Supporting Gender Equality Outcomes in Development Research
Reflections on a Multi-year Collaboration between Gender at Work, IDRC and its Partners
- Edited by:
- David Kelleher
- Carol Miller
- Rex Fyles
The degree to which gender is studied or ignored in research can powerfully affect both research results and the communities those outcomes were intended to benefit. Yet, science and technology have historically and consistently ignored gender gaps. Critiques of systematic biases in research have made visible a multitude of biases and assumptions underpinning research and contributing to gender and diversity related data gaps. These biases are consistent with patriarchal and other social and power relations in societies, which in many countries in the Global South may be endogenous and/or the result of contact with colonial systems. Until recently such norms, and the barriers they create, have been invisible in research.
This monograph makes the case for a process-driven methodology that supports research institutions, and other development institutions, to fill the implementation gaps that are often found between formal gender policies and strategies, and the hoped-for gender equality outcomes. It draws on the experience of five International Development Research Centre research programs Gender at Work worked with between 2016 and 2022.
During this period, Gender at Work ‘deployed’ twenty individuals in different team configurations to work with dozens of IDRC staff members, individual researchers and research institutions working on scores of projects related to fields as diverse as digital technologies, food and health, climate change and education. Operating in multiple languages and using a range of engagement methods, the entry point, duration, reach and precise methods G@W team members used in each intervention varied widely. After six years, scores of people and dozens of organizations in more than 15 countries are now doing research differently. Attitudes have changed, new methods have been adopted, new ways of working with grantees have emerged, and new knowledge has been created.
G@W’s approaches were originally a marriage of feminist theory and organizational learning. The emphasis of this approach is not to specify what is required and then monitor for gender compliance but rather focusses learning, relationships and action. In our work with IDRC and its partners, this learning led to a wide range of gender responsive outcomes, including shifts in methodology of a single project, changes in a research team’s overall approach to research, shifts in a research groups norms, practices and policies, shifts in research influence and shifts in grantmaking procedures, staff skills changes, organizational norms and processes within IDRC itself.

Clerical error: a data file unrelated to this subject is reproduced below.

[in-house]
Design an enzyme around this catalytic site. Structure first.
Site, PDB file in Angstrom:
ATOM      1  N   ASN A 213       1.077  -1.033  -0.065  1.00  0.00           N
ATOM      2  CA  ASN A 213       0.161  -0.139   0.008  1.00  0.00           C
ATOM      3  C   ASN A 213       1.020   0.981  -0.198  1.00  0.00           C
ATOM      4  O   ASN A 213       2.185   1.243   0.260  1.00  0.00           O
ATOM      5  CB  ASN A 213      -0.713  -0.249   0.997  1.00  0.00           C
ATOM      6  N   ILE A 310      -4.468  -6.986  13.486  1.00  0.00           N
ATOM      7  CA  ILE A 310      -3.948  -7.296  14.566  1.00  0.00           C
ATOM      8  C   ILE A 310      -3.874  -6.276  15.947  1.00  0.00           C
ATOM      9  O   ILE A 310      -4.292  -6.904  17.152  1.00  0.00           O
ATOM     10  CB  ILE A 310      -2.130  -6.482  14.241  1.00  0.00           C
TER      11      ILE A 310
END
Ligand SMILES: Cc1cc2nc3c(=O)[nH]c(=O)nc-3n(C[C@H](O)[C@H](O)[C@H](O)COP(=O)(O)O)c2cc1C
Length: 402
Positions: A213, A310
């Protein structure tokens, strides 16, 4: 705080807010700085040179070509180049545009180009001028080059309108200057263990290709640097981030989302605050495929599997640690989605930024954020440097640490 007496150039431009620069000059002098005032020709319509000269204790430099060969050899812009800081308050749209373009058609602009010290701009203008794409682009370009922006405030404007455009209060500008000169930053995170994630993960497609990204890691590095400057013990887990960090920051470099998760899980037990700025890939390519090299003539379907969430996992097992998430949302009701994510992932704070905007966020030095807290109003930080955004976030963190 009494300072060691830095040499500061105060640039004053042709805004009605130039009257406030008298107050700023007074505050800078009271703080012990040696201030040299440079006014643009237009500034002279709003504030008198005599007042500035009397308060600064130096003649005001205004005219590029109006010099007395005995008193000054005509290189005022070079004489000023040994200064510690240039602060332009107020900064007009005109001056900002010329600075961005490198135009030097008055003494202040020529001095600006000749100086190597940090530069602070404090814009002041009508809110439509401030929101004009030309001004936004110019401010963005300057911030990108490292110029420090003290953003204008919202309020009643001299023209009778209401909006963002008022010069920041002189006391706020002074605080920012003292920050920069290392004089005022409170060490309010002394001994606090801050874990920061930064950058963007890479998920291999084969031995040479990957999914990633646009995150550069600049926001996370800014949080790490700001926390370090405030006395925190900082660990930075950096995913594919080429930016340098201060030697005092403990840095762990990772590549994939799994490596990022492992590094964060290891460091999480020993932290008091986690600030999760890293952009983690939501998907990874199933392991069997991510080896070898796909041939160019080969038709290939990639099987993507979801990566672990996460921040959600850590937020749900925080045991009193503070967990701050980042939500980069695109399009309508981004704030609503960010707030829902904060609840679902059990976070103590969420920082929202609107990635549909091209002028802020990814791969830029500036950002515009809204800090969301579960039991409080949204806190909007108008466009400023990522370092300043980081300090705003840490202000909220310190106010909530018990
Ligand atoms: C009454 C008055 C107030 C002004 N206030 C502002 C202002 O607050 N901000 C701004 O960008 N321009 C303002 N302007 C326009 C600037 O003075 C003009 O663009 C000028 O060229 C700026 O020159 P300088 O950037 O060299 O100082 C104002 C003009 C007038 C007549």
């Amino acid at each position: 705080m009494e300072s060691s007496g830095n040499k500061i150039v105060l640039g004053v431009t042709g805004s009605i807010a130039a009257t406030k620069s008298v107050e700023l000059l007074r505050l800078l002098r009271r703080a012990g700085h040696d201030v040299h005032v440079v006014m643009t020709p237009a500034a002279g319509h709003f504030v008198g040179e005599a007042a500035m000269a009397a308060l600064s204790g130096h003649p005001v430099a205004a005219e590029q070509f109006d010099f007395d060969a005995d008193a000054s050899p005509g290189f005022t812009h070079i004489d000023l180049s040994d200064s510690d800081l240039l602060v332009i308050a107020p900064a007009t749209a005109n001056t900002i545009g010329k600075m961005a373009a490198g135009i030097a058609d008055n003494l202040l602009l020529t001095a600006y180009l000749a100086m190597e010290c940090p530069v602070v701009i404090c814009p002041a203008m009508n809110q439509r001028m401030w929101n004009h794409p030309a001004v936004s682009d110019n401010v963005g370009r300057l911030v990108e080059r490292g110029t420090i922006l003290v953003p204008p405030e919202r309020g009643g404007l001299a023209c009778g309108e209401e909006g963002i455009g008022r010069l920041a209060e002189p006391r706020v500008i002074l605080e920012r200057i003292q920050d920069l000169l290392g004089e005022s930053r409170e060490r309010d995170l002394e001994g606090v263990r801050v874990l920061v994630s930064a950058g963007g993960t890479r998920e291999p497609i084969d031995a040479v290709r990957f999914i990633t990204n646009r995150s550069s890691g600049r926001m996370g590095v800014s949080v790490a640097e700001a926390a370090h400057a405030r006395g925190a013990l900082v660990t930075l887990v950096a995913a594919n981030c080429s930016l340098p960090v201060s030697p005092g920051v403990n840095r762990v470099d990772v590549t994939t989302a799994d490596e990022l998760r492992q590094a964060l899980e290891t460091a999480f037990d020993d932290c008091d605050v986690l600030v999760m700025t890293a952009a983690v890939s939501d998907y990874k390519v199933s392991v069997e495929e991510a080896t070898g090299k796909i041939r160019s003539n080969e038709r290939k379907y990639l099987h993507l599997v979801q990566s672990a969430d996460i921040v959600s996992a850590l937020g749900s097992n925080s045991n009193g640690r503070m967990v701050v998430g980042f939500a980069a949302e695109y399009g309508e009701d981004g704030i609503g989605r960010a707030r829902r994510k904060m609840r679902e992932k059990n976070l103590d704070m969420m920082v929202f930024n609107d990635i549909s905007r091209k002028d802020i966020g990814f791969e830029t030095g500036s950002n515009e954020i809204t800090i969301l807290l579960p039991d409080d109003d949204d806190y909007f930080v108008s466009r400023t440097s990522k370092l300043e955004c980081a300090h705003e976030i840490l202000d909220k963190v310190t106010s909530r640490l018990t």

This document is organized into five chapters. In the first chapter we review existing studies on the problem of gender equality and inclusion in development research: overviewing strategies that have been used in trying to bring gender equality considerations to research institutions globally and to the research itself; and describing the G@W approach and framework that guided our work with IDRC programs. The next three chapters describe the process and achievements in the various projects – how we started, the change process and outcomes. Finally, the conclusion pulls together the main learnings from these six years of work.
At the beginning we posed the question: What does it take to improve gender equality outcomes in development research? This reflection Gender at Work has engaged in with IDRC and its partners over the past six years allowed us to identify six ideas that best respond to this framing question:
Change happens as a result of a judicious mixture of pressure and support.
Learning and change happen within reflective spaces that are characterized by trust, openness, creativity and personal exploration.
Learners will be motivated to solve problems which they have the power to define in terms that matter to them.
Providing conceptual material regarding gender and inclusion is only valuable when it is offered to shed light on a problem the research team is confronting.
Transformative change happens over time.
Change requires some sort of ‘upset’, often called disconfirmation.